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  • Writer's pictureAlex Cassem

Movies and Shows that won't make Scientists "Cringe"

I believe it can be safely stated not as a conjecture, but as a fundamental fact; achieving any degree in a scientific field will forever ruin scientific movies and TV shows.


One of the easiest examples is one from physics, that I have personally seen. In any movie where some physical quantity or effect seems complicated, the scientists in the pack comes out "of the dark" and says, "that's the quantum _____ effect." Sure, ok. Or most recently, I recall in Avengers: Endgame, where Tony said, "... find the eigenvalues of the Mobius strip....," for some reason.

And just for fun, if you are finding the eigenvalues of a Mobius strip under the Schrödinger equation, then you should get something like ~ (2l +1)/Lx^2 + n^2/Ly^2, since it is a slice of a cylinder twisted (hence the two lengths and one of them being extended).


But seriously, there has to be at least some good movies and TV shows where the science, is at least somewhat correct, or they don't throw terms everywhere. Well, here is a list of some movies and TV shows I at least think keep scientific literature constant while extending them in a sciencie-fiction sense.


Movies:

  • Interstellar (of course). They literally hired Kip Thorne to get the imagery of the black hole correct, and well, it paid off.

  • The Martian. The space travel is what you expect in a modern science-fiction movie, but what really sets it apart is how well it describes the botany and processes for making food (apparently plausible).

  • The Man Who Knew Infinity. This is a drama-movie-biography on S. Ramanujan, the famous mathematician from India who's work is still puzzling people til this day (from the 1920's)!

  • The Imitation Game. This is again more of a drama-biography based on the work Alan Turing did during World War 2 in the code-breaker program in Britain.

  • Shutter Island. This is the most true-to-the-bone psychological movie ever. This is the most I will say since explaining it any further may ruin the plot... It is that in-depth in terms of psychological behavior.

  • Blade Runner (and the sequel). I don't know how people don't enjoy these movies. The architecture is absolutely amazing, and really makes you think, "why can't we build these structures?" Also, the concept of artificial humans is well within the bounds of today + some imagination.

TV Shows:

  • Chernobyl. The same type as above (maybe this is its own category), going through the struggle after the Chernobyl incident and its true impact.

  • Genius, season 1. This is a tv-type series on the life of Einstein, and focuses on not just his scientific achievements, but what lead him to each one.

  • Fringe. Watch this no matter what. This is the TV show that was a partial (although larger then I will admit) motivation for becoming a theoretical physicists. This show is so great, if you want to watch it, I will gift you all 5 seasons (although season 5 is quite different, but the first 4 seasons are really what you want).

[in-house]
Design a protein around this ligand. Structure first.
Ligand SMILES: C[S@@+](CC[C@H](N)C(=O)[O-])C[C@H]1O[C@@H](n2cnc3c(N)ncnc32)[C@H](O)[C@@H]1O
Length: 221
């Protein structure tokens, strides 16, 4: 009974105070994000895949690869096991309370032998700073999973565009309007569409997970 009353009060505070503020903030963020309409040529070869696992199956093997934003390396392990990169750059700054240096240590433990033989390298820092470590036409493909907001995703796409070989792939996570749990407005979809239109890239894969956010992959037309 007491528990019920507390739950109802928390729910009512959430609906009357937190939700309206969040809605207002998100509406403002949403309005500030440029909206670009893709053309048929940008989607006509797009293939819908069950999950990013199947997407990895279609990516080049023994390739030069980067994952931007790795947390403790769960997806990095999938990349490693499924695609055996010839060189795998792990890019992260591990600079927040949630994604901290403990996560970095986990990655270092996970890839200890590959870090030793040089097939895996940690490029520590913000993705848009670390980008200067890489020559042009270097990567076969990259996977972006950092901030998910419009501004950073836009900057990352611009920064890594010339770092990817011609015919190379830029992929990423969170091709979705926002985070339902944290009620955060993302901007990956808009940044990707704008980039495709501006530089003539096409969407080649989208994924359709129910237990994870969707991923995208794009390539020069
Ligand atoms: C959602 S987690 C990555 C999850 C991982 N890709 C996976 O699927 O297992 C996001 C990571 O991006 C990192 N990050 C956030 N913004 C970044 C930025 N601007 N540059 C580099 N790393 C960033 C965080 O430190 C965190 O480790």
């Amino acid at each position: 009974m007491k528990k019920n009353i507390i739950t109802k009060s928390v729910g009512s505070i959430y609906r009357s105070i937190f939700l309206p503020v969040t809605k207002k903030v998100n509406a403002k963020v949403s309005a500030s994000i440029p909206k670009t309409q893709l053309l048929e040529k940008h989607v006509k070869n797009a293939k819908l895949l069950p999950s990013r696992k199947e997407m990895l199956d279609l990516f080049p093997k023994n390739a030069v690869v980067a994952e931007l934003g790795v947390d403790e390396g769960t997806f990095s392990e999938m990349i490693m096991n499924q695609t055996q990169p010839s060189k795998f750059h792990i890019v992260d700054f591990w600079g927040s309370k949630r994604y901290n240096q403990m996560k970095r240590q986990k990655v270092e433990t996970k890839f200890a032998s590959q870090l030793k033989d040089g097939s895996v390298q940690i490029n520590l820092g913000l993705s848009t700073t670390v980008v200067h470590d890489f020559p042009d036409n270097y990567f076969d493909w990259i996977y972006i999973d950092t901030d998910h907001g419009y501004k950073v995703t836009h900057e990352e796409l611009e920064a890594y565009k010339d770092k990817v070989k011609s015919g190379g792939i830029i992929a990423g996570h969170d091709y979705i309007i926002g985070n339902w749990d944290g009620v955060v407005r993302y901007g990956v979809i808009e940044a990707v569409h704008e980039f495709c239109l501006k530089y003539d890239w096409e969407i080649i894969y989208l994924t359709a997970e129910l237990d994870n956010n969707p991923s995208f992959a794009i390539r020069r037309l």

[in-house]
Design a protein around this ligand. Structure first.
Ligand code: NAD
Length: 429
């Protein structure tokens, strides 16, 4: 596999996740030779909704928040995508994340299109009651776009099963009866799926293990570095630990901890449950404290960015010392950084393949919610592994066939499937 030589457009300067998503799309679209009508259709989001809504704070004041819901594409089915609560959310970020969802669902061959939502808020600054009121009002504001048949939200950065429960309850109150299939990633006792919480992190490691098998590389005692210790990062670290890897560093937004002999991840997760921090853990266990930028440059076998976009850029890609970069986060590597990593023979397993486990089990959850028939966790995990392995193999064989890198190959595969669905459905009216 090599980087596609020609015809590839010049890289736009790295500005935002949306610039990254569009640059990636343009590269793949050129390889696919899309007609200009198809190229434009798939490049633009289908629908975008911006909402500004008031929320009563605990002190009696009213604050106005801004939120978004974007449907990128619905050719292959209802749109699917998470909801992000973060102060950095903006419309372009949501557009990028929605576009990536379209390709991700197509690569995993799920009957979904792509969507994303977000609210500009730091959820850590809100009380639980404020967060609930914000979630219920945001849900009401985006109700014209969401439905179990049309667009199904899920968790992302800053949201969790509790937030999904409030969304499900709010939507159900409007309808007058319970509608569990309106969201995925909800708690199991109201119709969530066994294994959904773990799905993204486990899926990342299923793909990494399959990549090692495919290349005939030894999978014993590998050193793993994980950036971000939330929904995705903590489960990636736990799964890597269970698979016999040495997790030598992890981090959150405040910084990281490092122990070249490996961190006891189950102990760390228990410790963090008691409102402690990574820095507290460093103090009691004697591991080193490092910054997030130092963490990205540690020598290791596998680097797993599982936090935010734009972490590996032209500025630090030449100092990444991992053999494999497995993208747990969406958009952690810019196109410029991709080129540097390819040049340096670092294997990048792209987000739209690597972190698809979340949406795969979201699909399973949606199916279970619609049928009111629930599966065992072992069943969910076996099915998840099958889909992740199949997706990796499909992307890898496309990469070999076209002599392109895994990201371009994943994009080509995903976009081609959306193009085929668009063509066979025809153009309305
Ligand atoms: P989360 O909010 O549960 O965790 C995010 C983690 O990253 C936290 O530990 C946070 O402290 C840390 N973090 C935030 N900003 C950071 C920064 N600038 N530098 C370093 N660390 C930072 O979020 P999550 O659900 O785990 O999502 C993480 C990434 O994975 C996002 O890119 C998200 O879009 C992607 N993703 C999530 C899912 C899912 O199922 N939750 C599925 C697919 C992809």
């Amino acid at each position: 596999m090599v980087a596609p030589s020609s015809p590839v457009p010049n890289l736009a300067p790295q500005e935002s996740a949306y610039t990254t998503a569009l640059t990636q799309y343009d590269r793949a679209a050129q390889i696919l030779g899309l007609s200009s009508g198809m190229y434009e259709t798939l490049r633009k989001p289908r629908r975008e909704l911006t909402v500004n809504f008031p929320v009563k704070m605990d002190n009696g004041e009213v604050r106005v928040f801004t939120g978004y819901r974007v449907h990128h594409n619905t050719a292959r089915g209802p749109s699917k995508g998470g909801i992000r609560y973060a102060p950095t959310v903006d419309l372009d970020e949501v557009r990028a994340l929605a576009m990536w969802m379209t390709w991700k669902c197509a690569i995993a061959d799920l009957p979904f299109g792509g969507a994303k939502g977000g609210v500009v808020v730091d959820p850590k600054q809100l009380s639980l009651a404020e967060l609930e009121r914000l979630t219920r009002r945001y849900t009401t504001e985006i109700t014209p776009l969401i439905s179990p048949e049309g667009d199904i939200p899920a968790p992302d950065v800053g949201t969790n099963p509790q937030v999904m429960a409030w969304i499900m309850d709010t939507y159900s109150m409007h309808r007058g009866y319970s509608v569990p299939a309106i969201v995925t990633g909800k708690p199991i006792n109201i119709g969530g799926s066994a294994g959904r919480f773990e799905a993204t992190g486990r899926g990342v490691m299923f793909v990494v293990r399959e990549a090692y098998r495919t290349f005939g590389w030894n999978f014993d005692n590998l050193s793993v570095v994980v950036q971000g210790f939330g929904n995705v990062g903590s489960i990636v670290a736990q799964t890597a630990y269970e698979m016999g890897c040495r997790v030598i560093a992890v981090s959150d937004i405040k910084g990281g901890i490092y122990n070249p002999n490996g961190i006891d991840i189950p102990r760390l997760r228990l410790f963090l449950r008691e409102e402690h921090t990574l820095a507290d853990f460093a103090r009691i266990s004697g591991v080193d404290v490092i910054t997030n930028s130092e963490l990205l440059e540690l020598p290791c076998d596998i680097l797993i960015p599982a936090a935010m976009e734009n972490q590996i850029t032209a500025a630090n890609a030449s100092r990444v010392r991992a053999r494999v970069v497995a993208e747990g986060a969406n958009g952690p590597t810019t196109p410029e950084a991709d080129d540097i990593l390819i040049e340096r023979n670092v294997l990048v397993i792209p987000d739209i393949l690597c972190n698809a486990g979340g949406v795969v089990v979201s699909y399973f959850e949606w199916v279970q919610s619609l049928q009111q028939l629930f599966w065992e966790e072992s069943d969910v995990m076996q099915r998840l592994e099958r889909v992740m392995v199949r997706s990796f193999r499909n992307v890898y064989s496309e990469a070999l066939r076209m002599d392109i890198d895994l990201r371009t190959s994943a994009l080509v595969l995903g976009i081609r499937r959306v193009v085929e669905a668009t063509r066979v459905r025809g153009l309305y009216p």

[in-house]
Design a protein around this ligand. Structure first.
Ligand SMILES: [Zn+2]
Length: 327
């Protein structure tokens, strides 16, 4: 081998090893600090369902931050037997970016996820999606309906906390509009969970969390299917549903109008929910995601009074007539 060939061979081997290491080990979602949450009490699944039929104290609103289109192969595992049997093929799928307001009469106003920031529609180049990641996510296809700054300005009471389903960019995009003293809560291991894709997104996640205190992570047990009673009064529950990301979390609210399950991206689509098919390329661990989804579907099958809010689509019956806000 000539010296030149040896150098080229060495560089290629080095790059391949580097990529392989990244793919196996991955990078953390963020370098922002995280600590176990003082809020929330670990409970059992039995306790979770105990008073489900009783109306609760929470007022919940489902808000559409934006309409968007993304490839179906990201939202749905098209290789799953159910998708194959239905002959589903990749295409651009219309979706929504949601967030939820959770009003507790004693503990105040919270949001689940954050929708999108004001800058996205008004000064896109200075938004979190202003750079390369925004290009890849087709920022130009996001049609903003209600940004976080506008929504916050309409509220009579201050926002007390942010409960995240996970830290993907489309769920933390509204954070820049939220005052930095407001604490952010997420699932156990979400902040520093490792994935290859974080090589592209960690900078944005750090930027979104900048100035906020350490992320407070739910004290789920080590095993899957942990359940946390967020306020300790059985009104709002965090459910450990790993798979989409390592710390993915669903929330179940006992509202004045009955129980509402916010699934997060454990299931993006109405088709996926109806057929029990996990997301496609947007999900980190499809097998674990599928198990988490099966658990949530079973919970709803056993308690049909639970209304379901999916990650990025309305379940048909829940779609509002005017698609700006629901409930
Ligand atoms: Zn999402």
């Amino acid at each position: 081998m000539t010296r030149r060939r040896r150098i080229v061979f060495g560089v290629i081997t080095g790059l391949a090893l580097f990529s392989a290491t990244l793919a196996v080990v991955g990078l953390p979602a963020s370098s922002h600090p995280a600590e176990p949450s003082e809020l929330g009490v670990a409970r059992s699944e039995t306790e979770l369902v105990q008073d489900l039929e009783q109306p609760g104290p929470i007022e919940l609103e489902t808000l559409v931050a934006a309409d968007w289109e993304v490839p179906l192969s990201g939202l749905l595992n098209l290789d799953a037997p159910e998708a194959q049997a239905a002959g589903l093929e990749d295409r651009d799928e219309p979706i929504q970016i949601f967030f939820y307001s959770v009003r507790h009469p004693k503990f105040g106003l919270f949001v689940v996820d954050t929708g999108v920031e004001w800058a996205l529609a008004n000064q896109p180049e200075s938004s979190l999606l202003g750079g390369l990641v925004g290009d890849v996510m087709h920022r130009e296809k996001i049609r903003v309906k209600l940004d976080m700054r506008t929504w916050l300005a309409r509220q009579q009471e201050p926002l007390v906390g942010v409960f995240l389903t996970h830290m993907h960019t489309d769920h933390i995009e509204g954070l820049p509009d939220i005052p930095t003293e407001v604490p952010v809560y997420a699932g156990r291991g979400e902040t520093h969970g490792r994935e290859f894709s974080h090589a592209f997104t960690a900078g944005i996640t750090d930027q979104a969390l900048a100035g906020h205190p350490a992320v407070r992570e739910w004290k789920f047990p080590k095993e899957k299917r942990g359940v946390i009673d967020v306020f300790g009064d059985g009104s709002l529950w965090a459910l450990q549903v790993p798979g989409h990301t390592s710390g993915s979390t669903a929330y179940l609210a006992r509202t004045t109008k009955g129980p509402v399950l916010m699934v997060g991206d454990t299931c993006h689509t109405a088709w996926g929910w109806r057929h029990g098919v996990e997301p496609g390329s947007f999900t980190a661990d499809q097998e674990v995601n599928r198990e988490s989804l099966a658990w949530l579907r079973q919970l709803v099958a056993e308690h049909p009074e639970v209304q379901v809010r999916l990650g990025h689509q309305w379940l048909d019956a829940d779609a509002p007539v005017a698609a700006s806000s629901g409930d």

• Dark Matters: Twisted but True. This is a drama-recount of historical-scientific events that dramatizes seemingly insane reasoning experiments, hence the description of twisted, but nevertheless yields helpful results... Definitely a good series.

  • Altered Carbon, season 1 & 2. A show that takes place about ~ 2321 that shows what the future could be like once we, "take to the skies," and exploit resources on other planets. It is not for the faint of heart though (in terms of bloodiness and, well, drugs).

I know I never stated good documentaries, but some of these are too good to not mention.


Documentaries:

  • Isaac Newton: The Last Magician. This documentary goes into everything (about) Newton's life. It is kind of hard to find, so here is a safe link: (click-me).

  • The Secret Life of Chaos. This documentary goes into the development of Chaos theory and their role in fractals in nature.

  • Order and Disorder. This documentary mainly goes into the historical developments of thermodynamics, and really emphasizes its impact on the modern world.

  • Everything and Nothing. A documentary on how we first studied "nothing" or as you figure out, what a vacuum is. Surprisingly deep.

  • Shock and Awe: The Story of Electricity. To be frank, I hate (or strongly dislike) electronics. However, this documentary makes you really appreciate the development of the field from its birth until now (the Silicon Age).

  • The Ultimate Formula. Finally, this documentary is sometimes impossible to find, I swear. It is always being taken down, and is not on any search engines (rarely). But, it can sometimes be found on YouTube with part 1 (labeled episode 2) here, and part 2 (labeled episode 1, I know it's weird) here. I suggest watching this one at least, before it inevitably disappears again. It is on Curiosity stream however.... (although on and off).


Hope these are at least mildly entertaining during down-time periods, where we inevitably need a break, but want to still enjoy our topic (for me physics), but do not have the energy to actually do the practice.

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